Tomorrow our new exhibit Lonesome Dove: The Art of Story opens to the public. This exhibition celebrates Larry McMurtry’s Pulitzer Prize-winning tale and traces the path of its development from McMurtry’s first drafts to the original movie script to the legendary miniseries.

Lonesome Dove: The Art of Story | exhibition poster | ( Poster Image: Lonesome Dove from JJ Pumphrey General Merchandise Store | Cary White (1948-) | Fall, 1987 | Sandblasted rough-sawn lumber, house paint | The Witliff collections, Alkek Library, texas State University )

For the first time ever, Lonesome Dove Collection works from the Wittliff Collections at Texas State University, San Marcos will travel to Fort Worth. Our galleries will display materials from the filming and production of the Lonesome Dove miniseries, including producer Bill Wittliff’s annotated screen play, storyboard sketches, and set and costume drawings.

How true to life is Lonesome Dove and its tale of life on the trail? Visitors will discover the grit and grim reality of cattle drives as they virtually flip through the pages of Jack Bailey’s Cowboy Journal, a rare Texas cowboy’s diary of a cattle drive in 1868, on loan from the National Cowboy and Western Heritage Museum.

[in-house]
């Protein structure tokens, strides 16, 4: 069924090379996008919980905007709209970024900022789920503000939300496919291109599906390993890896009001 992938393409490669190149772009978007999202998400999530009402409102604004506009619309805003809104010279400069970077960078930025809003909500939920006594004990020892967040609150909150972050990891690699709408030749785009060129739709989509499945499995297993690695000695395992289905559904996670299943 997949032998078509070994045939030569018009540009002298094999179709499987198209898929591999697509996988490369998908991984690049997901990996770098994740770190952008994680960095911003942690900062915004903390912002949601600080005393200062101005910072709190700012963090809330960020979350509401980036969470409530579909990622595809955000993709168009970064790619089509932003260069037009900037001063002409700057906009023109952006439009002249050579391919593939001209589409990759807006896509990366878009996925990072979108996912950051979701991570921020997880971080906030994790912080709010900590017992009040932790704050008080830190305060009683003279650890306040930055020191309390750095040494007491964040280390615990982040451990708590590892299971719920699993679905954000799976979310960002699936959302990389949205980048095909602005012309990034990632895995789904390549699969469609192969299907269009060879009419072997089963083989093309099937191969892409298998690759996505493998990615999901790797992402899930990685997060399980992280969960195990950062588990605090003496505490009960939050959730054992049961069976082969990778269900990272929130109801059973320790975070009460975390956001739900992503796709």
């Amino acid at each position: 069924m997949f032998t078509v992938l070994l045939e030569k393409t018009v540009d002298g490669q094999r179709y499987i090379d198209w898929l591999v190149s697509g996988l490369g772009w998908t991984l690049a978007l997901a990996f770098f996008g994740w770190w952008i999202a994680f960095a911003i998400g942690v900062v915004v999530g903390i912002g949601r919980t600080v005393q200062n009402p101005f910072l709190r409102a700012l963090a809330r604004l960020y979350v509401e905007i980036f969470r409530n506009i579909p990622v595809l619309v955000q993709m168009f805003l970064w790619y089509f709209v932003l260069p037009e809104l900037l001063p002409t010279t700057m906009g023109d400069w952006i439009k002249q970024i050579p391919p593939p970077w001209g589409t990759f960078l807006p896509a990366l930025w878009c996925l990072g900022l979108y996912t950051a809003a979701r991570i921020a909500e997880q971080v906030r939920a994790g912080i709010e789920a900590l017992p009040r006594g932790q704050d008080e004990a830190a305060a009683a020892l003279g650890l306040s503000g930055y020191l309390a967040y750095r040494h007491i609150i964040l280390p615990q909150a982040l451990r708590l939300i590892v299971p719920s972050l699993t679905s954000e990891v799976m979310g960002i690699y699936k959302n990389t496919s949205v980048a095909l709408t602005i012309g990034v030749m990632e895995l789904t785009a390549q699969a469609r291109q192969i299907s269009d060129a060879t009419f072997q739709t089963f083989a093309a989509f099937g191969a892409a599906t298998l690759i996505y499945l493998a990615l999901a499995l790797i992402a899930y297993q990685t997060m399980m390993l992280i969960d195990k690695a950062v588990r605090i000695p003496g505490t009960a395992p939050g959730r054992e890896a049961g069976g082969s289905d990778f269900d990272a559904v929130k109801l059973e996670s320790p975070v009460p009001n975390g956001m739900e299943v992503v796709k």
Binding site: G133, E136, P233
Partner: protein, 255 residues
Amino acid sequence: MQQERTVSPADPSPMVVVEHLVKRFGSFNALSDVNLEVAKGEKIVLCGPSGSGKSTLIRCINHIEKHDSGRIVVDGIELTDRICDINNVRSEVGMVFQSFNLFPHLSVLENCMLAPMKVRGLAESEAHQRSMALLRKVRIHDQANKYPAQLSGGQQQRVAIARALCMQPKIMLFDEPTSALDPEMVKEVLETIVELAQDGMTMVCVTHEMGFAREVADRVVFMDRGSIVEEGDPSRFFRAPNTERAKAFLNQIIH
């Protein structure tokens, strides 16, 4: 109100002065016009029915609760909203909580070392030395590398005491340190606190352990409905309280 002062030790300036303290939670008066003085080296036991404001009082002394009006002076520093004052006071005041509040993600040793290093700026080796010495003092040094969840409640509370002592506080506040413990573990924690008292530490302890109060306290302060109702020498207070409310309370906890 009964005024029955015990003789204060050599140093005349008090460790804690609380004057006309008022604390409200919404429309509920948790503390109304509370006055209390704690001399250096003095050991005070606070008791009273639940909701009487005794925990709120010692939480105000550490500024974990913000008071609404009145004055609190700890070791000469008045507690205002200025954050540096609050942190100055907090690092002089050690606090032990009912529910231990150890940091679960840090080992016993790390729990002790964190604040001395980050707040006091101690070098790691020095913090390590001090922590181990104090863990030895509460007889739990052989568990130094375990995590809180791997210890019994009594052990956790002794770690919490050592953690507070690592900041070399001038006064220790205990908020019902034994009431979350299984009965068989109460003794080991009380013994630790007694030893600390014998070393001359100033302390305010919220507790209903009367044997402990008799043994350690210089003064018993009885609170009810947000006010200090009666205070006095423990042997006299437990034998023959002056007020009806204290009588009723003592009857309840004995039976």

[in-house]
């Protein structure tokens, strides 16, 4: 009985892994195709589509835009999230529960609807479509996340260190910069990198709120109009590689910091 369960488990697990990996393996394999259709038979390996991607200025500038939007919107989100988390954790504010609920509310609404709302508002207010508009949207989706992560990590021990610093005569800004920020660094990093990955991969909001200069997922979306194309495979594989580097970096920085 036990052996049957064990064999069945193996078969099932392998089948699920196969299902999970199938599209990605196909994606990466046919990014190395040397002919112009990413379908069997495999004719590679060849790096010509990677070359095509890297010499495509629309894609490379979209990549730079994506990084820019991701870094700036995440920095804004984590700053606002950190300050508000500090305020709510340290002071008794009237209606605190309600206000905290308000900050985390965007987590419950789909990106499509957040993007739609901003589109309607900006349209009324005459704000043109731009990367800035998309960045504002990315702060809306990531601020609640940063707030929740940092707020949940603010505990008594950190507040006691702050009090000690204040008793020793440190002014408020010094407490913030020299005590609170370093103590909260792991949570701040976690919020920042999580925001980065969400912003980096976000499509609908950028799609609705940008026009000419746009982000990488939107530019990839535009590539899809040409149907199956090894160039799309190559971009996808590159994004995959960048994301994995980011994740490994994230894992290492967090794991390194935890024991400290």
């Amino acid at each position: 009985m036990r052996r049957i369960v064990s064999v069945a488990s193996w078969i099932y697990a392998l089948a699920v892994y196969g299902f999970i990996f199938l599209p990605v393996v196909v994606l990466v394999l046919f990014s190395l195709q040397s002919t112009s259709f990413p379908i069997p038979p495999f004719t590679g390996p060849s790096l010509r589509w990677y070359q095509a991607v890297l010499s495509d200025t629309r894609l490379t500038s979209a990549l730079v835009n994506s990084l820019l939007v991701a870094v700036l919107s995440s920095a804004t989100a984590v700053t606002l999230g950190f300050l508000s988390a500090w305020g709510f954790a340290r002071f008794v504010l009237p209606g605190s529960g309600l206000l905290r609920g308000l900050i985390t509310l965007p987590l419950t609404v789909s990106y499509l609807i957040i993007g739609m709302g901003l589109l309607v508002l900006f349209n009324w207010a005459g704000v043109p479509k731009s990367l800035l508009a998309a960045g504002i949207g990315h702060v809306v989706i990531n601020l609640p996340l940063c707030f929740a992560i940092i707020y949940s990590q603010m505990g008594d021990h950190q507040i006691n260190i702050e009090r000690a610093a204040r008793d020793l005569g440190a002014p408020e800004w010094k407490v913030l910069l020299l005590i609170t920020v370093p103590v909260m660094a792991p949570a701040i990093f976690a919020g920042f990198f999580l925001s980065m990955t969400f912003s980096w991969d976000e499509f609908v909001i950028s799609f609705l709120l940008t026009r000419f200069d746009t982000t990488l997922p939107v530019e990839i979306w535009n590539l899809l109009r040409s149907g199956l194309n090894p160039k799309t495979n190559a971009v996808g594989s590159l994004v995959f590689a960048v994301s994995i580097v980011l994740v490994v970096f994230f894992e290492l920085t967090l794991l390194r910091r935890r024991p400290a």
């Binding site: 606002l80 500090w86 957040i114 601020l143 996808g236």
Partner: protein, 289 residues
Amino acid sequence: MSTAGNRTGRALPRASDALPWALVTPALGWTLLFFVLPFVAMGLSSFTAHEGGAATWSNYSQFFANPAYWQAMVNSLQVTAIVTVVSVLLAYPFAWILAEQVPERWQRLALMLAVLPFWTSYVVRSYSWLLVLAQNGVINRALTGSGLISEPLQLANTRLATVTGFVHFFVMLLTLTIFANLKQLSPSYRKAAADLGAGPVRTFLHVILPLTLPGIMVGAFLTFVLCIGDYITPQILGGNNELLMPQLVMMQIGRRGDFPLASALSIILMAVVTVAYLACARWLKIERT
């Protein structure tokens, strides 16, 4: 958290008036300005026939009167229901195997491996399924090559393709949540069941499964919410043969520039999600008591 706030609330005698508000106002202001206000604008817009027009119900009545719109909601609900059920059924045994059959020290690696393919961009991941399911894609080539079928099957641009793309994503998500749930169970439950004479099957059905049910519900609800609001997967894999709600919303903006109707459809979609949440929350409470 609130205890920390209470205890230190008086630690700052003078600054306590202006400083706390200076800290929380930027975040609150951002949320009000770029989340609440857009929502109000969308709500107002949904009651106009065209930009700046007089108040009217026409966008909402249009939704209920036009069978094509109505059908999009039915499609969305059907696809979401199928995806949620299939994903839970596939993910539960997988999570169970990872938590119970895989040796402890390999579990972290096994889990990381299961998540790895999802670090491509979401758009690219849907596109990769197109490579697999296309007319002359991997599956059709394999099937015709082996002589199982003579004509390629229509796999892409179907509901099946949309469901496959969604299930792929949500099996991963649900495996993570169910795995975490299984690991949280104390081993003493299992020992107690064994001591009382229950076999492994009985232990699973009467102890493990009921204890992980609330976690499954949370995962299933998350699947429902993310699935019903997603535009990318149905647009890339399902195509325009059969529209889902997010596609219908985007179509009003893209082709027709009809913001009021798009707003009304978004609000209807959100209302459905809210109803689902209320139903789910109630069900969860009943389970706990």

Jack Baily Journal, 2001.074, Dickinson Research Center, National Cowboy & Western Heritage Museum

Exploring the story elements shared in the written and visual depictions of the 19th century American West, the exhibition brings together four of Frederic Remington’s most iconic paintings. From Fort Worth’s Amon Carter Museum comes The Fall of the Cowboy, painted in 1895. Tulsa’s Gilcrease Museum will loan the 1908 painting The Stampede. From the Museum of Fine Arts, Houston, comes the 1908 painting Fight for the Waterhole. Those three join the Richardson’s own Remington masterpiece, Buffalo Runners – Big Horn Basin, from 1909.

Frederic Remington | The Fall of the Cowboy | 1895 | Oil on canvas | Amon Carter Museum of American Art, Fort Worth, Texas, Amon G. Carter Collection

The exhibition will open to the public at noon on January 15. Admission is free. Join us as we celebrate the story of the American West in art, literature, and film!